The CSCE has therefore had two functions to date with respect to security. First, it improved European security by consolidating the security policy configurations that resulted from the war. In the following stage, it created stability in a situation where the old order was breaking down. This traditional role of the CSCE in security policy is now even growing stronger, as new talks on both CSBMs and disarmament are being undertaken. The CSCE is also confronting its third security policy challenge: the creation of lasting stability in the new security policy situation. On the one hand, the issue concerns construction of a new security architecture, and on the other, the development of mechanisms to prevent and contain crises.
The old architecture rested on military bipolarity on our continent. With the exception of a few neutral and non-aligned countries, the states of Europe belonged to one or the other of two opposing military alliances.
Now the Warsaw Pact has been dissolved. Its former member countries are seeking a new identity and international position for themselves.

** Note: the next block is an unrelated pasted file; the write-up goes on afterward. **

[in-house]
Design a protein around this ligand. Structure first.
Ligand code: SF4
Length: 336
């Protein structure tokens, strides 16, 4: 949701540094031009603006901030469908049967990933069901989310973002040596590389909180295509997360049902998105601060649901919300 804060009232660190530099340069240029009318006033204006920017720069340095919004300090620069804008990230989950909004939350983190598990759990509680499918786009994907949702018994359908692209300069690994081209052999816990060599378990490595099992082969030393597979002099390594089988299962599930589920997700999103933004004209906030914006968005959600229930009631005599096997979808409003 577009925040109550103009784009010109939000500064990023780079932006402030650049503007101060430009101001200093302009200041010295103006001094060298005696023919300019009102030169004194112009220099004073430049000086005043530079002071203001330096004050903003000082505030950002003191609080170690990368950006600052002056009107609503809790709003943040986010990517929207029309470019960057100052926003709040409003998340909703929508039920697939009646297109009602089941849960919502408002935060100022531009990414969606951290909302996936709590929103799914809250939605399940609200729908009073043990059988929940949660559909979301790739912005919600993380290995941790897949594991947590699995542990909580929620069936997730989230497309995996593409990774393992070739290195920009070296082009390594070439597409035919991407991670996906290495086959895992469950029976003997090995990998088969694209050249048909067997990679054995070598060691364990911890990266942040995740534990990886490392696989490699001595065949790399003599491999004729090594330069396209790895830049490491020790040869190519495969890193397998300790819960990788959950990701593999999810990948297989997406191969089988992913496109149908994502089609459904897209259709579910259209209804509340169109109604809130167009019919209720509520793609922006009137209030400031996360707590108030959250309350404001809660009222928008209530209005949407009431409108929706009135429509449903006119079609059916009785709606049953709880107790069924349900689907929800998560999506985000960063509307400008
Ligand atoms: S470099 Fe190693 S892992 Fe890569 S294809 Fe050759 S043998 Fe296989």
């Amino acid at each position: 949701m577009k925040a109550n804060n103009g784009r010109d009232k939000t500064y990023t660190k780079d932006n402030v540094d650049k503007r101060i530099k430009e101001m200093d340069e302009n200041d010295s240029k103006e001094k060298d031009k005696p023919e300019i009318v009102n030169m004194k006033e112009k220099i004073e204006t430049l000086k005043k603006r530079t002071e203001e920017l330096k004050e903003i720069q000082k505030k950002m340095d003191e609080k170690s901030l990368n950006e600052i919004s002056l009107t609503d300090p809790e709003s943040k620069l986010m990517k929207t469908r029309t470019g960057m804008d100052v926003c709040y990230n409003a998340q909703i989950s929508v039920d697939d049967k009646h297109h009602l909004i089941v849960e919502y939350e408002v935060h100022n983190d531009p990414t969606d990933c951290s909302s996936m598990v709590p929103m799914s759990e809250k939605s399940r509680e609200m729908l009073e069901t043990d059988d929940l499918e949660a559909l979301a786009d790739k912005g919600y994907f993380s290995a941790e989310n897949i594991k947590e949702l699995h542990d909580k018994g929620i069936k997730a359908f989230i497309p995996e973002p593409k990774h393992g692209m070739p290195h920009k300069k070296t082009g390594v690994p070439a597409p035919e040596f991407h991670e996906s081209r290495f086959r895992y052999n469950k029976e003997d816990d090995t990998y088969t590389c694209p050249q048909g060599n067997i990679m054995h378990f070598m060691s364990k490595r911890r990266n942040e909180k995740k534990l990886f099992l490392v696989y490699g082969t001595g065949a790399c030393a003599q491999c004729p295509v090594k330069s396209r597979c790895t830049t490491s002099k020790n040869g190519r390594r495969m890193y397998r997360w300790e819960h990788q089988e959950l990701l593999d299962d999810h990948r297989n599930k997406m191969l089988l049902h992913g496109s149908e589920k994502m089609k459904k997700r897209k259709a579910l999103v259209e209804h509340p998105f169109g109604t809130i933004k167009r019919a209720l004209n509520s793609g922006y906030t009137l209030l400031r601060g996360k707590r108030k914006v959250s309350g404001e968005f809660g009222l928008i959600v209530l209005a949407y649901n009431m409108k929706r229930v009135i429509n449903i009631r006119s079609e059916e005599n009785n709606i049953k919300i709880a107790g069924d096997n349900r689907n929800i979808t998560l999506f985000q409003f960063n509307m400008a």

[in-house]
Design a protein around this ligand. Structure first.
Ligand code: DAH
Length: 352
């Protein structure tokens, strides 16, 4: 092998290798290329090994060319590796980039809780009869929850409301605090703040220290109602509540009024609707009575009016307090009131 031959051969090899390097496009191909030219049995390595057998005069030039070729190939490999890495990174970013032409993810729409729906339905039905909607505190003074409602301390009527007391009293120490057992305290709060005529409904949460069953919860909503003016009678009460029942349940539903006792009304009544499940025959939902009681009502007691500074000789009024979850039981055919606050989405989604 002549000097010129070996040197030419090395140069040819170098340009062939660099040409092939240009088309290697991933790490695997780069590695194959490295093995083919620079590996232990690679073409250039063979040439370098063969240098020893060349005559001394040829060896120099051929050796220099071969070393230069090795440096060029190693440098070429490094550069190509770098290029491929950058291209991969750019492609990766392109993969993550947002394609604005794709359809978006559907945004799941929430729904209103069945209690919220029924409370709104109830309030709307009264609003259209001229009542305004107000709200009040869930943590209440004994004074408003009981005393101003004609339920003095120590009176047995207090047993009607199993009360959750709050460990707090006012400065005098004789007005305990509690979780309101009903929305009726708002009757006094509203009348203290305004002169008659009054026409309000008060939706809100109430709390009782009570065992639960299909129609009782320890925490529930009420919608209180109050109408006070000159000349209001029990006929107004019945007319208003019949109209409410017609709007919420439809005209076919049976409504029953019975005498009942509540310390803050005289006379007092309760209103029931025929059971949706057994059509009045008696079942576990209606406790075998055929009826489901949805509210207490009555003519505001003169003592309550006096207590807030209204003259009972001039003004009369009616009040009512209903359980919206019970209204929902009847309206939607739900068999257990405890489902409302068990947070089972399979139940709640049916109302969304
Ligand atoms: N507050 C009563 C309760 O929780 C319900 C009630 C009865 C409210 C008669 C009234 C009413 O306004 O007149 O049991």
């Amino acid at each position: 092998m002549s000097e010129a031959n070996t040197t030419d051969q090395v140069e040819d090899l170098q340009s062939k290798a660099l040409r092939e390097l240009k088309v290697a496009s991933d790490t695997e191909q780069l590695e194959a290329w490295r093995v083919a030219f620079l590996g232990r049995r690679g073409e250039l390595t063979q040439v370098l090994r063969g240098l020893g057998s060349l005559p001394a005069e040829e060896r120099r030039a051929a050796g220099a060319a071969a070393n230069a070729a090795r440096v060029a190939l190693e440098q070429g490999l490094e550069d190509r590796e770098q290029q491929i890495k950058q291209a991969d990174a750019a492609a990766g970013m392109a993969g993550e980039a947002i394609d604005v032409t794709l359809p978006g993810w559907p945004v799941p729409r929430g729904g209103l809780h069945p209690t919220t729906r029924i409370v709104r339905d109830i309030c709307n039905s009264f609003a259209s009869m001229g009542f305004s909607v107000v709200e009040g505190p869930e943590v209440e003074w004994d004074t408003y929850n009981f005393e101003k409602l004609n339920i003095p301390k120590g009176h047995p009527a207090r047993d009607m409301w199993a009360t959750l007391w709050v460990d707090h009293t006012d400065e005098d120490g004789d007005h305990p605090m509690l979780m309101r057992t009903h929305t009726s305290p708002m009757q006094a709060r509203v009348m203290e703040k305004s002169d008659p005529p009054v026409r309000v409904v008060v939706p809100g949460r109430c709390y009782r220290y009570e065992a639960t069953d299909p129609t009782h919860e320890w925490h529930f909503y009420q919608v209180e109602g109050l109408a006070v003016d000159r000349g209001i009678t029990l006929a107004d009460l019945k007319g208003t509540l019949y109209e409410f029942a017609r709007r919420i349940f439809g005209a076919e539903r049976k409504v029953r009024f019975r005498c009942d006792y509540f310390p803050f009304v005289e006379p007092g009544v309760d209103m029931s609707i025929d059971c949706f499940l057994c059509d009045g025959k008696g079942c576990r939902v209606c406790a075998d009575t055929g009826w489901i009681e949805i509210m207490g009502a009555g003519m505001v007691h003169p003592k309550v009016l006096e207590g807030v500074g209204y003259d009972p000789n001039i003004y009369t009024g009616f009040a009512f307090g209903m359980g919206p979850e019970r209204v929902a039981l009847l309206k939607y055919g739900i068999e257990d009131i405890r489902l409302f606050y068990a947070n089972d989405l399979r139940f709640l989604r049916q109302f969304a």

NATO will be preserved, although its nature is evolving. New colour will be added to the Atlantic Alliance by efforts on the part of the EC to craft its own identity with respect to security. At the outset, this may be sought through the Western European Union (WEU), although in time there may be an effort to create a joint EC policy on security and defence. Opinions on this topic, however, vary within the EC.
Both of the above-mentioned processes will have a fundamental effect on the architecture of Europe's security. They are also interrelated.